Rent The Blue Caftan (2022)

3.8 of 5 from 81 ratings
2h 2min
Rent The Blue Caftan (aka Le bleu du caftan) Online DVD & Blu-ray Rental
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Synopsis:
Halim (Saleh Bakri) and Mina (Lubna Azabal) run a traditional caftan store in one of Morocco's oldest medinas. The couple have lived for a long time with Halim's secret, his homosexuality, which he has learnt to keep quiet about. Mina's illness and the arrival of a young apprentice will disturb this equilibrium. United in their love, each will help the other confront their fears.
Actors:
, , Ayoub Missioui, Mounia Lamkimel, , , Fatima Hilal, Mariam Lalouaz, Kholoud El Ouehabi, Amira Tiouli, Hanaa Laidi, Aymane El Oarrari, Ilyass El Ouahdani, Fouzia Ejjawi, , Mohamed Tahri Joutey Hassani, Abdellah Lebkiri, Driss Diouri, Ilham Chakib, Abdelrhafor Essolh
Directors:
Producers:
Nabil Ayouch
Writers:
Maryam Touzani, Nabil Ayouch
Aka:
Le bleu du caftan
Studio:
New Wave Films
Genres:
Drama, Lesbian & Gay, Romance
Countries:
Morocco
BBFC:
Release Date:
11/09/2023
Run Time:
122 minutes
Languages:
Arabic Dolby Digital 5.1
Subtitles:
English, English Hard of Hearing
DVD Regions:
Region 2
Formats:
Pal
Aspect Ratio:
Widescreen 1.78:1 / 16:9
Colour:
Colour
BBFC:
Release Date:
11/09/2023
Run Time:
122 minutes
Languages:
Arabic Dolby Digital 5.1
Subtitles:
English, English Hard of Hearing
Formats:
Pal
Aspect Ratio:
Widescreen 1.78:1 / 16:9
Colour:
Colour
BLU-RAY Regions:
B

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Reviews (2) of The Blue Caftan

Tender and compassionate Moroccan drama - The Blue Caftan review by PD

Spoiler Alert
17/09/2023

It’s no secret that Morocco is one of the most homophobic places on Earth, punishing certain acts with prison sentences. Maryam Touzani’s tender and compassionate piece involves Halim (perfectly played by Salem Bakri), and his wife, Mina (Lubna Azabal - also superb) who own an old-fashioned garment shop in the town’s medina. Halim works as a maalem, or master tailor, struggling to keep the trade alive. These days, machines accomplish the work that artisans like Halim once did by hand, and apprentices are hard to find, and quite a bit of the film is dedicated to this disappearing craft: as with Paul Anderson's 'Phantom Thread', Touzani details with some skill the care with which Halim sews the embroidery to the hem of a caftan, featuring shots of characters preparing the thread, testing the fabrics and so on. These sensual details evoke the sensation of touch, taking the place of the more explicit scenes found in so many LGBT-themed art-house films; the film is thus admirably restrained and understated, even if it perhaps overstays its welcome a little at over 2 hours.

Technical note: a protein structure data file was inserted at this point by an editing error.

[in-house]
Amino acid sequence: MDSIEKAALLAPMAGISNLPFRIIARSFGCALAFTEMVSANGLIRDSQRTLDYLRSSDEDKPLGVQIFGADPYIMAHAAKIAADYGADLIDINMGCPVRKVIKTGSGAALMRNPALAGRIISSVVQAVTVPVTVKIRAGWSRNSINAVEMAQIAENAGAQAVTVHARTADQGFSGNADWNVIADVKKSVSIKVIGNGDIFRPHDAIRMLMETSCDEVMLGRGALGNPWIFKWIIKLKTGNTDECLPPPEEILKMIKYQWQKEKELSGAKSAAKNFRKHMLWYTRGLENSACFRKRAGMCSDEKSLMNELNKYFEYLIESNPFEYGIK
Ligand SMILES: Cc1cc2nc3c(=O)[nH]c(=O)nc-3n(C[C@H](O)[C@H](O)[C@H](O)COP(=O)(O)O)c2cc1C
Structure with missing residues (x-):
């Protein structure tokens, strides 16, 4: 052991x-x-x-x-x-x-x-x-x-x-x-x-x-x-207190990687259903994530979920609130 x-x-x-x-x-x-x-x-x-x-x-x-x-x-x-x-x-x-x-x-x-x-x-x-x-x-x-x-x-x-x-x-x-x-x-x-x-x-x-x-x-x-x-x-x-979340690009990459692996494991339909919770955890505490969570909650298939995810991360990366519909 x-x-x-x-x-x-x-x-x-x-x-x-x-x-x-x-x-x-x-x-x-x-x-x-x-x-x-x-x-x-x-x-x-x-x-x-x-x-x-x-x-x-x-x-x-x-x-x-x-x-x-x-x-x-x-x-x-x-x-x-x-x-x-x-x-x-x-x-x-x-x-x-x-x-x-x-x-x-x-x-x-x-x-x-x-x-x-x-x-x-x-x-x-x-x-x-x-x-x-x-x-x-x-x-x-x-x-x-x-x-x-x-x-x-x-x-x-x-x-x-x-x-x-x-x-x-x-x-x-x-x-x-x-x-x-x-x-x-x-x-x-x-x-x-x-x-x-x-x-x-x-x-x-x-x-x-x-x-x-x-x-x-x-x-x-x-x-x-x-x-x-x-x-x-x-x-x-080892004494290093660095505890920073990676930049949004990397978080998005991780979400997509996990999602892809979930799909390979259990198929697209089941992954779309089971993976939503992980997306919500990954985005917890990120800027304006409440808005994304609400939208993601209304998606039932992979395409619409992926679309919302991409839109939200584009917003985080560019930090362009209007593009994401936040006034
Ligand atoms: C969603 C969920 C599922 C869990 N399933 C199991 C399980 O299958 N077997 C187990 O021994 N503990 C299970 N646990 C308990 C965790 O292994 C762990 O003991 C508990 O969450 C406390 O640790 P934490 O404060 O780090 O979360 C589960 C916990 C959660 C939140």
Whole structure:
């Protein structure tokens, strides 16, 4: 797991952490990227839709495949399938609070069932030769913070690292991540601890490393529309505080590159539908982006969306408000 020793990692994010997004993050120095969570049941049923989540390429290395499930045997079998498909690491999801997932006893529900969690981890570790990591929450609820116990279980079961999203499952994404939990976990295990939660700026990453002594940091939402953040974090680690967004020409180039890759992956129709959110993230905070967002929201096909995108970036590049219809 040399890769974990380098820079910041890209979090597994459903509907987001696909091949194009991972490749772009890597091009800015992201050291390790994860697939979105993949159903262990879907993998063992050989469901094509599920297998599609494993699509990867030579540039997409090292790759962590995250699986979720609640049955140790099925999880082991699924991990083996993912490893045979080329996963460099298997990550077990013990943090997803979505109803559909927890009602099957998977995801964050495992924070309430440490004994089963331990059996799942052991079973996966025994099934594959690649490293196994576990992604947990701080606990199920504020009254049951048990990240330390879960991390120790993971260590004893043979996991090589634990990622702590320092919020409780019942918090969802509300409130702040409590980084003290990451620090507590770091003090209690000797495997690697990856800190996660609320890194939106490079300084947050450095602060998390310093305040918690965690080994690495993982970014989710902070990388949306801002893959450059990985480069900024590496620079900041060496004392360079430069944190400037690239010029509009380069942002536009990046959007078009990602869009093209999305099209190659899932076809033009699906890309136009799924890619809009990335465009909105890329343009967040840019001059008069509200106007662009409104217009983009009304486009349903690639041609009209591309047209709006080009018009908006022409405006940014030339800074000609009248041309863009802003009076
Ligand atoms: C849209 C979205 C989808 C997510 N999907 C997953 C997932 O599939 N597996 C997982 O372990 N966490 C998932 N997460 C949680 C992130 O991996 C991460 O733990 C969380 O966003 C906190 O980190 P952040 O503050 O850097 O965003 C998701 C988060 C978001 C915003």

We are clearly meant to identify with Halim, who has been forced to repress his true identity for many years, but the most empathetic character is arguably his seriously ill wife, whom Azabal imbues with more layers than the screenplay suggests. We think of her feelings even in scenes when Mina remains off-screen — as when Halim slinks away to the local hammam, where he’s found a way to have anonymous sex with other men. There’s little satisfaction in these trysts, which take place behind closed doors, but Halim silently hopes for more when a fair-featured young man named Youssef (Ayoub Missioui) expresses an interest in learning the trade. Mina picks up on the threat almost immediately, catching her husband staring discreetly — but not nearly discreetly enough — at Youssef’s bare torso as the apprentice changes clothes across the workshop. How much does she understand about Halim’s true nature? That question floats beneath the surface of the film, unanswered till nearly the end. There is also the matter of the eponymous caftan, which a client has commissioned for a special occasion. An ankle-length tunic made of petroleum blue silk, embellished with ornate gold trim, it appears to be the most beautiful garment Halim has ever made. But this time, he isn’t working alone. Touzani showcases practically every step of the creation, using the process as a kind of slow-motion seduction between Halim and Youssef. The woman who ordered the caftan stops by every few days to check on its progress, but Mina doesn’t like her attitude; the job takes weeks and would earn them a fine sum, but Touzani has introduced the caftan as a symbol, and it’s touching to see how the film uses it in the end.

There's a kind of wishful thinking to the film's politics, for as Morocco modernises, Halim’s field seems increasingly outdated, but by the same token so long as the country remains conservative about aspects of homosexuality, he cannot love whom he wants. “The Blue Caftan” dares to imagine a world where there’s room for both appreciation of the old ways and room to evolve. Serious work.

1 out of 1 members found this review helpful.

The Blue Caftan, the most beautiful film I have seen in a long while - The Blue Caftan review by mc

Spoiler Alert
09/10/2023

This is a slow revealing of the relationship between three people in a Moroccan tailor's shop in the Souk. The master, his wife and a young apprentice. Each character is a good person but the situation between them tests their goodness. There are heart-rending tender moments and a final scene of tragedy and triumph of spirit. The whole scene play is very close within the Souk and is completely authentic. Malcolm

1 out of 1 members found this review helpful.

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